Is the Speaker involved in the District 74 primary race?

The special election for District 74 has been somewhat quiet, but apparently there has been activity behind the scenes. After the June Primary Election produced no clear winner, it became obvious that a runoff election would be necessary between Charlotte Meadows and Michael Fritz. Meadows, who has served on the Montgomery School Board and run for the legislature before, benefits from greater name identity. But Fritz, a local bankruptcy attorney, says he has the support of House Speaker Mac McCutcheon.

“The speaker (McCutcheon) is supporting me. (Steve) Raby is making phone calls on my behalf. The why, I don’t know. But the speaker is supporting me,” Fritz told The Montgomery Independent.

Steve Raby is known to political insiders, pundits and spectators as the House GOP Caucus’ top fundraiser. Supposedly, McCutcheon hired him for that purpose. Fritz says he speaks to Raby “just about every other day.”

There is an unwritten rule in the Alabama GOP that party leadership does not take sides during a Primary. During the primary election Daniel Sparkman, who served as a spokesman for Gov. Kay Ivey was one of the contenders in the primary along with Fritz and Meadows. But Sparkman came in fourth place out of six capuring only 11% of the vote. Ivey did not endorse Sparkman in the Primary. It is true that Rep. Terri Collins has donated $200 to Meadows’ campaign. Collins is chair of the House Education Policy Committee. That notwithstanding being chair of a particular committee and leading the entire Alabama House of Representatives are not comparable. Furthermore Meadows describes Collins as a friend.

There were rumors that McCutcheon was turned off from Meadows because she said she would not have supported the gasoline/driver’s license tax that was passed by the legislature in a special session earlier this year. But Meadows says that is not true.

“My position is that I would have supported the gas tax. But I believe Speaker McCuthceon has been hearing several things about me that are not true. I’m scheduled to meet with him soon and I look forward to speaking with him directly,” Meadows said. Fritz told The Montgomery Independent that he would also have voted for the gas tax.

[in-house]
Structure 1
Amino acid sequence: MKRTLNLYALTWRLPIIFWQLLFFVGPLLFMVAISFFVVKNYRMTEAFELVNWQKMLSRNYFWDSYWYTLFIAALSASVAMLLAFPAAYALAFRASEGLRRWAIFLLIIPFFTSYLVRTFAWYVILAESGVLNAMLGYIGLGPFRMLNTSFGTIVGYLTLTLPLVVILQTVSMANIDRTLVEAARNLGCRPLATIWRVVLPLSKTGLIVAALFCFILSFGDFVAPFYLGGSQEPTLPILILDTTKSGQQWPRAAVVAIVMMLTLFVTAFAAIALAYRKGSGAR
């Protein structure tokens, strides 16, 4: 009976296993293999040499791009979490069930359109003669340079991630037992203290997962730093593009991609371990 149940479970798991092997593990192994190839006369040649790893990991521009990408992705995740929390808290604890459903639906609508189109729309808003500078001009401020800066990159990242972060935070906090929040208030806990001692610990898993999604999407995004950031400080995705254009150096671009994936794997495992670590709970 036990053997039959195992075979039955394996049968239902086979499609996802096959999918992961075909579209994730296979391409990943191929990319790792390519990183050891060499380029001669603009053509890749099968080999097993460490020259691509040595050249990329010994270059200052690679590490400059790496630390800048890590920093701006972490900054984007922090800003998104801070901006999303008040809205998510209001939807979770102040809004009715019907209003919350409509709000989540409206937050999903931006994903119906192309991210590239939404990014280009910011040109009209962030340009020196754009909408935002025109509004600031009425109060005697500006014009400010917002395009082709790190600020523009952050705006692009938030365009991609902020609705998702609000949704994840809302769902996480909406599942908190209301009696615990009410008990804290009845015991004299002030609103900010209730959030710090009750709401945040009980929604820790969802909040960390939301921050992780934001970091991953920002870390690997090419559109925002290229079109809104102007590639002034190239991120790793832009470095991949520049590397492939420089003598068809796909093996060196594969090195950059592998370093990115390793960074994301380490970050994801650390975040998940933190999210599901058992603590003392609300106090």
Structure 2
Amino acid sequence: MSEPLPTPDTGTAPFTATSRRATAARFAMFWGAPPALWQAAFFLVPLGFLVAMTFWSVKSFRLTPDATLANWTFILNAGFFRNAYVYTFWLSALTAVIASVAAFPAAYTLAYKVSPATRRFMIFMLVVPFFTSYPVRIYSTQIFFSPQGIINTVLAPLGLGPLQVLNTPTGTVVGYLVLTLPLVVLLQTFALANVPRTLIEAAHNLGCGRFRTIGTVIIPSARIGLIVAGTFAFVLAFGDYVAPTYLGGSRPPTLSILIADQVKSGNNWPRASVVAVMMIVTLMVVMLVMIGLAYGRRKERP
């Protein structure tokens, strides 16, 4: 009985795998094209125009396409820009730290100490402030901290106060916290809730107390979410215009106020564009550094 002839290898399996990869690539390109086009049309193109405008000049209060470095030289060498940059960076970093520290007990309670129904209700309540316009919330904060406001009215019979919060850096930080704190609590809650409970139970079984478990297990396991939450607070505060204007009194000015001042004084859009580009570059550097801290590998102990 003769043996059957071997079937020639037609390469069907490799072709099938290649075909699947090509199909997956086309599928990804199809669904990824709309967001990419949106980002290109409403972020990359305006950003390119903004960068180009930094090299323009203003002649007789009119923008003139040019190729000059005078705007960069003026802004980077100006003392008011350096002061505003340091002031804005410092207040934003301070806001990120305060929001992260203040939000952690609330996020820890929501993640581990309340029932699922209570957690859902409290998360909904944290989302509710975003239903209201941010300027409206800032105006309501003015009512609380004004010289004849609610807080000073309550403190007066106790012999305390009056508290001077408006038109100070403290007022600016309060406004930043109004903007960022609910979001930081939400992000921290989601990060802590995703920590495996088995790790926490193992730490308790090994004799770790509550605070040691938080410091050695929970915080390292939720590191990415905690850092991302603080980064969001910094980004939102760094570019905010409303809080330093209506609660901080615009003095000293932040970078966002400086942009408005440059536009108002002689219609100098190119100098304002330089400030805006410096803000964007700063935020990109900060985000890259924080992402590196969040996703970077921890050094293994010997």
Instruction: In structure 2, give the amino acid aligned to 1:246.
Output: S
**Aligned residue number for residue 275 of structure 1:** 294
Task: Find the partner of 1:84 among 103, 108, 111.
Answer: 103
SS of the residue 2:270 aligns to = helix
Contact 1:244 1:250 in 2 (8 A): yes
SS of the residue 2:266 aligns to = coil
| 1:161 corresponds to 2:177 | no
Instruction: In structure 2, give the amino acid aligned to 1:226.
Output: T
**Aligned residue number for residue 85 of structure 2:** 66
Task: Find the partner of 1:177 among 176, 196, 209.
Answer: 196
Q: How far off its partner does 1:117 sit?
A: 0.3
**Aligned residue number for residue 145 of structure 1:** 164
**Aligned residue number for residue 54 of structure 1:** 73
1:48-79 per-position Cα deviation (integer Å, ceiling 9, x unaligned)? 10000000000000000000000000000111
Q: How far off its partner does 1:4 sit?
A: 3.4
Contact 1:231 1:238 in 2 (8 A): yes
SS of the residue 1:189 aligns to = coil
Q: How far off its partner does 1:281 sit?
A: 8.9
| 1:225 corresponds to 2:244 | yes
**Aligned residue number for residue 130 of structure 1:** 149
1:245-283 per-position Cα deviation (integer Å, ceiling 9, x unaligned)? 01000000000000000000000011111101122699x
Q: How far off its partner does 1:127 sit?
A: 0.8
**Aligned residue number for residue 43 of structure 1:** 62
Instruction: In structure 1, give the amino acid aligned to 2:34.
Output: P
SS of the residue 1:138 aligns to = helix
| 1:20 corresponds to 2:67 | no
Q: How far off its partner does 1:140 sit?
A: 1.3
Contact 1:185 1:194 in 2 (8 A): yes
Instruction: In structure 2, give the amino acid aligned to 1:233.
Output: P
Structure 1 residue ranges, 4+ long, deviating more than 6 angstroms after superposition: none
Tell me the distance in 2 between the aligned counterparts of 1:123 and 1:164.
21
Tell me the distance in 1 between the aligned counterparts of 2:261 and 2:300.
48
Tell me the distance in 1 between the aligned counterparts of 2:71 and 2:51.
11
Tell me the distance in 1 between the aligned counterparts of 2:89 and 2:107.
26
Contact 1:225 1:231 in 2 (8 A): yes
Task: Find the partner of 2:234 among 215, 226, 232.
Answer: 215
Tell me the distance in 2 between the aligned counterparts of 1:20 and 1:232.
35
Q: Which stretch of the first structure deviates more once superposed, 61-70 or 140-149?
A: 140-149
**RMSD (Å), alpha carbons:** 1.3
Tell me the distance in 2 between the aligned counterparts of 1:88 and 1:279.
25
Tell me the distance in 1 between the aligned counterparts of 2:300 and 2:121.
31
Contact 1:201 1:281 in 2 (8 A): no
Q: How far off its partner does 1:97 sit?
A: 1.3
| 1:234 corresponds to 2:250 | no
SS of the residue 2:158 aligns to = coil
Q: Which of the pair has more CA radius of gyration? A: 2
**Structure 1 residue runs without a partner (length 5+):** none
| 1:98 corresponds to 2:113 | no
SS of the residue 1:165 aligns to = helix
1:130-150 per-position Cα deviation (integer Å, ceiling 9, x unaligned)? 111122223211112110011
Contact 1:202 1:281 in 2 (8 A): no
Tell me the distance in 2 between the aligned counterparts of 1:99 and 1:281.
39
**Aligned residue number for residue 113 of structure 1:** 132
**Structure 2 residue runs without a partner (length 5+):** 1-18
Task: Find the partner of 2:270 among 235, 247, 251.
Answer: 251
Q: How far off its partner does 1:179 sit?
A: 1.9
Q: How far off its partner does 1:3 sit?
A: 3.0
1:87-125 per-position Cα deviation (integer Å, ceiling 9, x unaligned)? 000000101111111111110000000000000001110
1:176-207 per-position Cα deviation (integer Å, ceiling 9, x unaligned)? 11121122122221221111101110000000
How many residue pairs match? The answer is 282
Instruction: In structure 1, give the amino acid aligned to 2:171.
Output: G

Meadows said that she doesn’t know why Speaker McCutcheon would choose to support Fritz over her, but she also said she does not know that it is true.

“Certainly there is no evidence that the Speaker is supporting Mr. Fritz that I can see. It is not reflected on his (Fritz’s) campaign finance report,” Meadows said.

According to the most recent campaign finance reports Fritz has $4,296.32 cash on hand as compared to Meadows’ $18,778.36. Fritz says that he believes he could prevail with only another $15,000.

“I don’t think I need that much. I think I could do it for less than $15,000. It is a small district. Targeted social media is not that expensive. Also my opponent has some negatives. I’m not anti-Charlotte. I like Charlotte, but one in every four doors I knock on they say, ‘I can’t stand her. I’m going to vote for you.’ That is without even knowing who I am. I would like to raise 30 or 40 (thousand), that would make it a lot easier. But I think I can do it for 15 or 16 (thousand),” Fritz said.

If Fritz is not picky about where the money comes from he might look to the Alabama Education Association. While Meadows has enjoyed support from PACs associated with: ALFA Insurance, Alabama Forestry Association, Alabama Homebuilders Association, and Alabama Trial Lawyers Association, she is not likely to see a check from the AEA which has differing insterests, and according to Meadows different values, from her.

“Maybe Mr. Fritz can look to the AEA for campaign money, but I would not take any money from them,” Meadows said.

Fritz has only received contributions from two PACs, the Alabama Poultry Trust and SEA-PAC. Interestingly SEA-PAC’s stated purpose is to support judicial candidates in the Mobile and Baldwin County area, candidates seeking the election to the Alabama Supreme Court and candidates seeking statewide office - none of which describe Fritz’s campaign for the District 74 seat.

The runoff election will be held August 27, 2019. Normally runoff elections have lower turnout than the Primary or General elections that trigger them, but in this case Meadows says she expects the runoff will perhaps garner more voters than the primary because it will be held the same day as the Montgomery municipal elections.